Connecticut’s New Pass-Through Entity Tax: Practical Considerations
- Jul 30, 2018
On May 31, 2018, Connecticut enacted a new pass-through entity (“PTE”) tax as an intended workaround to the $10,000 cap on state and local taxes (“SALT”) enacted as part of federal tax reform last December (see S11 (PA 18-49); see also Connecticut’s Response to Federal Tax Reform Includes a New Tax on Pass-Through Entities; What Law Firms Need to Know About Connecticut’s New Tax on Pass-Through Entities).
Basics of the New PTE Tax
PTE’s are required to pay tax equal to 6.99% of Connecticut-sourced income. Assuming an entity has $500,000 of Connecticut-sourced income, the new tax is $34,950 (6.99% times $500,000). Individual partners and corporate partners are entitled to a credit equal to 93.01% of the pro rata share of the tax paid by the PTE. Had the individuals paid the Connecticut tax directly, the tax would have subject to the $10,000 SALT cap. By shifting the burden of the tax to the PTE, Connecticut’s intention is to covert the tax paid into a business expense while receiving substantially the same amount of Connecticut tax.
The PTE tax is effectively retroactive to January 1, 2018 and repeals the composite return requirements. Formerly, Connecticut required PTEs to make a composite payment (similar to nonresident withholding) on behalf of nonresident partners on an annual basis. Unlike the composite requirements, the PTE tax is based on all Connecticut-sourced income – not just income attributed to nonresidents. Further, the PTE tax requires quarterly estimates – see our prior posts for details regarding compliance requirements.
Alternative Tax Basis
There may be situations where Connecticut residents would not benefit from the PTE tax as calculated above. For example, if there is no income from Connecticut sources, the PTE tax would be $0, and the Connecticut resident would continue to pay tax on all income from the PTE without any offsetting credits. In these situations, PTEs should consider making the election to use the alternative tax base, which, to simplify, is equal to the percentage interest of its Connecticut resident owners multiplied by its income (regardless of source). The effect of making the election would be to have the PTE tax computed on all income not sourced to Connecticut (or other states) and attribute such income to the resident partners. As a result, the tax that would have been due by the resident individuals (and subject to the SALT cap) becomes a business expense of the PTE. Connecticut has issued detailed guidance regarding the computation of the tax, including the mechanics of the alternative tax basis (see OCG-6, Regarding the Calculation of the Pass-Through Entity Tax).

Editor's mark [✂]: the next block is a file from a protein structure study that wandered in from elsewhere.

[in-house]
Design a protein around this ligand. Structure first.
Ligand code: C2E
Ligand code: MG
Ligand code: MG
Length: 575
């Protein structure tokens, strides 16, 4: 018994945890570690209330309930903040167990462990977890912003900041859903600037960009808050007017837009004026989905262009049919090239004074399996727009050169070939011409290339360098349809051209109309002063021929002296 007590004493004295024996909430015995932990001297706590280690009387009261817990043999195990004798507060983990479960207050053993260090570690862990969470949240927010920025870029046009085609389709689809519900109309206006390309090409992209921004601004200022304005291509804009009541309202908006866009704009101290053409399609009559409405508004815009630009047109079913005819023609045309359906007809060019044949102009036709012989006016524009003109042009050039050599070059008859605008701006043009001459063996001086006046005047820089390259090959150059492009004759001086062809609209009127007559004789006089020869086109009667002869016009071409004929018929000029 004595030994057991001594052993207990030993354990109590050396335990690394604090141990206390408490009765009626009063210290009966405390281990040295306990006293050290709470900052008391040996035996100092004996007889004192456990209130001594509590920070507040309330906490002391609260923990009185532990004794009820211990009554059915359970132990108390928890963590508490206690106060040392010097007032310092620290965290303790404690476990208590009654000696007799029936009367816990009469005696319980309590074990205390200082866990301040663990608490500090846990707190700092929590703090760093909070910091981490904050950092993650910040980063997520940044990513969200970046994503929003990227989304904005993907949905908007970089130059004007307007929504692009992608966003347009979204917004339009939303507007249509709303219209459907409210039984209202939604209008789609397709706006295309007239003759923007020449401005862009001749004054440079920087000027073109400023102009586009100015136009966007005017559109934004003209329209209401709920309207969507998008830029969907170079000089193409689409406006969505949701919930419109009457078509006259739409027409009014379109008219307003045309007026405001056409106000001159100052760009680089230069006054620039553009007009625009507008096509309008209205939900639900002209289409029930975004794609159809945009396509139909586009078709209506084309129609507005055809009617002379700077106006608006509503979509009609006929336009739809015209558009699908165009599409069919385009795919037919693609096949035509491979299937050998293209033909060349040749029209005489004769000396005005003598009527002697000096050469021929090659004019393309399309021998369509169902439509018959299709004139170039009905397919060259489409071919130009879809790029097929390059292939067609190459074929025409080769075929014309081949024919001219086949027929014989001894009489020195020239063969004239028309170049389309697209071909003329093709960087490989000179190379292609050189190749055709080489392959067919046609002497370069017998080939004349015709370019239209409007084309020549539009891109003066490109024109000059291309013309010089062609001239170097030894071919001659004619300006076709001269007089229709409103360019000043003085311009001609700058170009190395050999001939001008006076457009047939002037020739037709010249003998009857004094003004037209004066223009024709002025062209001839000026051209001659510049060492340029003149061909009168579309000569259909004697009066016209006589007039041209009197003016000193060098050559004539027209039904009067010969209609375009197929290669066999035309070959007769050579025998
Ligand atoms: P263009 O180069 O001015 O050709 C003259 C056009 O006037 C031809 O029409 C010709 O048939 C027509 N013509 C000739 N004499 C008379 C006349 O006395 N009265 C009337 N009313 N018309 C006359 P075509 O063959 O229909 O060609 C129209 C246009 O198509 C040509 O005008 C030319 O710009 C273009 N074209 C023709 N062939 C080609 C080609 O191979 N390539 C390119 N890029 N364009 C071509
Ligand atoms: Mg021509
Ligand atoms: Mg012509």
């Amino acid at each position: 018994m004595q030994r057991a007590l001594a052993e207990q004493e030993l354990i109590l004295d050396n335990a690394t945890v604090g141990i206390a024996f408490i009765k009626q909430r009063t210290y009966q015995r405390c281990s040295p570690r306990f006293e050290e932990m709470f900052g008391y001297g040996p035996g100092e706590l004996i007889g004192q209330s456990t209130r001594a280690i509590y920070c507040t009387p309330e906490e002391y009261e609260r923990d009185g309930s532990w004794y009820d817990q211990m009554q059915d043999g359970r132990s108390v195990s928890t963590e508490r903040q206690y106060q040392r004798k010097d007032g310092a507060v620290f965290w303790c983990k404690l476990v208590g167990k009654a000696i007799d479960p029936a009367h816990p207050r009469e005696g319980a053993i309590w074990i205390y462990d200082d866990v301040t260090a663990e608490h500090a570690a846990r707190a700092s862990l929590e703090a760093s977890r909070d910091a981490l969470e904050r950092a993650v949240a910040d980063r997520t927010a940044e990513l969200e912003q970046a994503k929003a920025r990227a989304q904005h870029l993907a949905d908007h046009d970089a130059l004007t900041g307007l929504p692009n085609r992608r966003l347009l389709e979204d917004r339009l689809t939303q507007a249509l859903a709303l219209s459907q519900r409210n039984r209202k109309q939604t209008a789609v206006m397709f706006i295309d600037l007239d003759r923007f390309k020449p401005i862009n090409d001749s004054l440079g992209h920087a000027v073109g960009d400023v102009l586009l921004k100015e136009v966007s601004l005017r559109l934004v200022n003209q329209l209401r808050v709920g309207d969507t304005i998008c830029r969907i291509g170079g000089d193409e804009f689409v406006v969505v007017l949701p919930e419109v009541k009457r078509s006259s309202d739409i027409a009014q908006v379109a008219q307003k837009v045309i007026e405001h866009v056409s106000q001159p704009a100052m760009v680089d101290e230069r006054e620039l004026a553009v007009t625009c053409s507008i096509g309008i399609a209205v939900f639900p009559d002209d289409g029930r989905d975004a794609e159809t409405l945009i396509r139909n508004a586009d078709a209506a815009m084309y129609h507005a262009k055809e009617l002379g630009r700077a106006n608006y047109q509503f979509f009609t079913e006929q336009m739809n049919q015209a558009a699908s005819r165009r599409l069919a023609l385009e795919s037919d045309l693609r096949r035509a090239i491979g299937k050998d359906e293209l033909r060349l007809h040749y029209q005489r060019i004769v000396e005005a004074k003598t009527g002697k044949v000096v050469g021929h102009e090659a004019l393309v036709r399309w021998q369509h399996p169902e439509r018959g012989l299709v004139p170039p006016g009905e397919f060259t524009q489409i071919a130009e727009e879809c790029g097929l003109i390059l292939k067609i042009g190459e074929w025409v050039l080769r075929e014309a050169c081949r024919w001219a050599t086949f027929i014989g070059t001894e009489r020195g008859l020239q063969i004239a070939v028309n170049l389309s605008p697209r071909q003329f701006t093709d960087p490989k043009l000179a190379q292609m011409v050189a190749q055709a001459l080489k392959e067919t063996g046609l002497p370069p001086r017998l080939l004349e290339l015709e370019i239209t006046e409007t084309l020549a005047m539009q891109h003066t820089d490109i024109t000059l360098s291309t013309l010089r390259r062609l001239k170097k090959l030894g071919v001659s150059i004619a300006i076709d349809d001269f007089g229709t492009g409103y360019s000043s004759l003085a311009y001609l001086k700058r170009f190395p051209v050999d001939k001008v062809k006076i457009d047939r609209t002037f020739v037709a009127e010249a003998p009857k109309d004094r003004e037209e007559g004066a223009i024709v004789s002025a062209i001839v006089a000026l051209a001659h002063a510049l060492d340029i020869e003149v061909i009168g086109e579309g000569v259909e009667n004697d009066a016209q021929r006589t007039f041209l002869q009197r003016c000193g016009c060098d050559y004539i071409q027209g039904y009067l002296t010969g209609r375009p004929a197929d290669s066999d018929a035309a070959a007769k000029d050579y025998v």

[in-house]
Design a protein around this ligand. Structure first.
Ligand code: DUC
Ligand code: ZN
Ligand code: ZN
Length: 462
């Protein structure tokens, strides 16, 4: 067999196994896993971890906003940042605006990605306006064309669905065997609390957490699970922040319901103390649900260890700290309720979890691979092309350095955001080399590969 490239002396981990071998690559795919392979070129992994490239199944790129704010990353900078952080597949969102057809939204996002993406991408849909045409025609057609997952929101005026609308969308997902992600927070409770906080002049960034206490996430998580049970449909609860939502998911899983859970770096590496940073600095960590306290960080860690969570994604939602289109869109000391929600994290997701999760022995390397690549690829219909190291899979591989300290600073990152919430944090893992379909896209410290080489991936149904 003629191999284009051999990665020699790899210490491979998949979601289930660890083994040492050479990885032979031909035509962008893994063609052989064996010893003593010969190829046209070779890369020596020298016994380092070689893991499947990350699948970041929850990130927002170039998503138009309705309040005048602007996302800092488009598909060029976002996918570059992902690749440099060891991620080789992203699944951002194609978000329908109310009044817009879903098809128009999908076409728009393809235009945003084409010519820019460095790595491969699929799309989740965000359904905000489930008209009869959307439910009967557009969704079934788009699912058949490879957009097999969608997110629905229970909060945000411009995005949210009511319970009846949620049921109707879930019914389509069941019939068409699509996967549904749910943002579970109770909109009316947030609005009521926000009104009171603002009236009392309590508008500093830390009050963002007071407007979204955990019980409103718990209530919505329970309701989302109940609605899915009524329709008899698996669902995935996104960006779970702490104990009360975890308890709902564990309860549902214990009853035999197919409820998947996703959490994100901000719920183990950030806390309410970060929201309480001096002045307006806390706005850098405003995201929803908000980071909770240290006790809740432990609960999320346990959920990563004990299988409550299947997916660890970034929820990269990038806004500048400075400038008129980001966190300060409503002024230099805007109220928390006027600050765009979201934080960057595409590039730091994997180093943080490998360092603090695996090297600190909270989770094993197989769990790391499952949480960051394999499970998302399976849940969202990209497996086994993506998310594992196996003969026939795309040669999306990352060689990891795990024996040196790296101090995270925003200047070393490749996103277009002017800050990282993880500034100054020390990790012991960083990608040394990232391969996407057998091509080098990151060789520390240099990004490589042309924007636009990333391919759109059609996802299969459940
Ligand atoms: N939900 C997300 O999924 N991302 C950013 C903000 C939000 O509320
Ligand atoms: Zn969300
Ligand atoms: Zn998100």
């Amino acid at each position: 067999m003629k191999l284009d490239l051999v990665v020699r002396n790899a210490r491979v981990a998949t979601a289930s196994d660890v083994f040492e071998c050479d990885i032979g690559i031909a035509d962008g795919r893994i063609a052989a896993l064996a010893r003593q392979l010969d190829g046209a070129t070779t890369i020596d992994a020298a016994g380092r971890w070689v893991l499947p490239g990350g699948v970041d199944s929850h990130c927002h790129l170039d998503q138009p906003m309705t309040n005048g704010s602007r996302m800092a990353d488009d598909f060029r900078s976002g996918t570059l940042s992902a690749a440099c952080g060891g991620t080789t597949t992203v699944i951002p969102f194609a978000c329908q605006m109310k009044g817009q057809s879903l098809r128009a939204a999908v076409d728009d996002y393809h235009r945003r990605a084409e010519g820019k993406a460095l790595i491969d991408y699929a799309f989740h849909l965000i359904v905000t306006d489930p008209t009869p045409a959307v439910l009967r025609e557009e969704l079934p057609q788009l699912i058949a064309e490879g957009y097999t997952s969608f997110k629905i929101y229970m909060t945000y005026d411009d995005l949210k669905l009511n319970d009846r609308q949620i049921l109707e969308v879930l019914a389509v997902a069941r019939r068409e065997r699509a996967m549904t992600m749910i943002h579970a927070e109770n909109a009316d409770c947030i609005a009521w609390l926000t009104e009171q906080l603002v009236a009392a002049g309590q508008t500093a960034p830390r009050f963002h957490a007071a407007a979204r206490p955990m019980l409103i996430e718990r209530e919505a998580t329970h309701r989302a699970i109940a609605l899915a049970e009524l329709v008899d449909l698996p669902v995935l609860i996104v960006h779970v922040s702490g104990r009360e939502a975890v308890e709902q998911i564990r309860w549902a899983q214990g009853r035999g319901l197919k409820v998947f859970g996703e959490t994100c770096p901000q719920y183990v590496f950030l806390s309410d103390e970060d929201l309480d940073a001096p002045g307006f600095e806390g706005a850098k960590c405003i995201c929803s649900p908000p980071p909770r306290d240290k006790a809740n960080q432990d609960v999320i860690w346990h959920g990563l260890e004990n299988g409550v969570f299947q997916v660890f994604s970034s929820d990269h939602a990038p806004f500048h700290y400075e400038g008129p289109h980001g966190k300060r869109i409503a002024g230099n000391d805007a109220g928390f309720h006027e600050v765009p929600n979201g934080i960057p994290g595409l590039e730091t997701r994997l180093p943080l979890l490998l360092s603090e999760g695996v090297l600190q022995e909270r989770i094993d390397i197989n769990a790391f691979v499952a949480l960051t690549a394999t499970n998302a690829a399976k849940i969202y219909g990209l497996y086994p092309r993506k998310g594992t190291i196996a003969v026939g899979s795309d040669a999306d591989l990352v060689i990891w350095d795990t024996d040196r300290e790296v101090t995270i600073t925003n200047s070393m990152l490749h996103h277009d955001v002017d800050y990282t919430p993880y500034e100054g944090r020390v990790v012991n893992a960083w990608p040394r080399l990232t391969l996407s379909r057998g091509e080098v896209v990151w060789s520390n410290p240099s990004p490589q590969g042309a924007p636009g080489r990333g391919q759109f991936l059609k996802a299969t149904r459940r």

Other Practical Considerations
Under the former composite return system, nonresident individuals (e.g., residents of New York or New Jersey) were generally allowed a credit for other taxes paid with respect to composite income tax payments made to Connecticut. Under the new law, because the tax is paid at a pass-through entity level, it remains to be seen whether other states would allow a credit for such taxes. For example, if an S corporation pays the PTE tax in Connecticut, presumably New York would not provide any resident credit for such taxes pursuant to N.Y. Tax Law Sec. 620(d) (“In the case of a shareholder of an S corporation, the term ‘income tax’ in … [OMITTED] shall not include any such tax imposed upon or payable by the corporation.”
Another important consideration is whether Connecticut’s PTE tax will accomplish its intended result of converting an individual tax (which would be subject to the SALT cap) into a business tax expense. The Internal Revenue Service has issued a notice indicating its intention to issue regulations regarding state workaround programs – focusing on charitable contribution workarounds (which Connecticut has also enacted) (see IRS Notice 2018-54). As a result, PTEs and their owners are required to go through the exercise of paying the PTE tax, with the potential that they will be in the same position they were in prior to the new tax regime.
Finally, by shifting the burden of the Connecticut tax to the PTE, the new tax becomes an additional cost and compliance burden at the PTE level. The additional costs are likely to impact the PTE’s performance and affect the business dynamics between the PTE and its owners.
Related content explaining the evolution of the Connecticut PE Tax law can be found below
If you have any questions, we'd like to hear from you.
Explore More Insights
Receive the latest business insights, analysis, and perspectives from EisnerAmper professionals.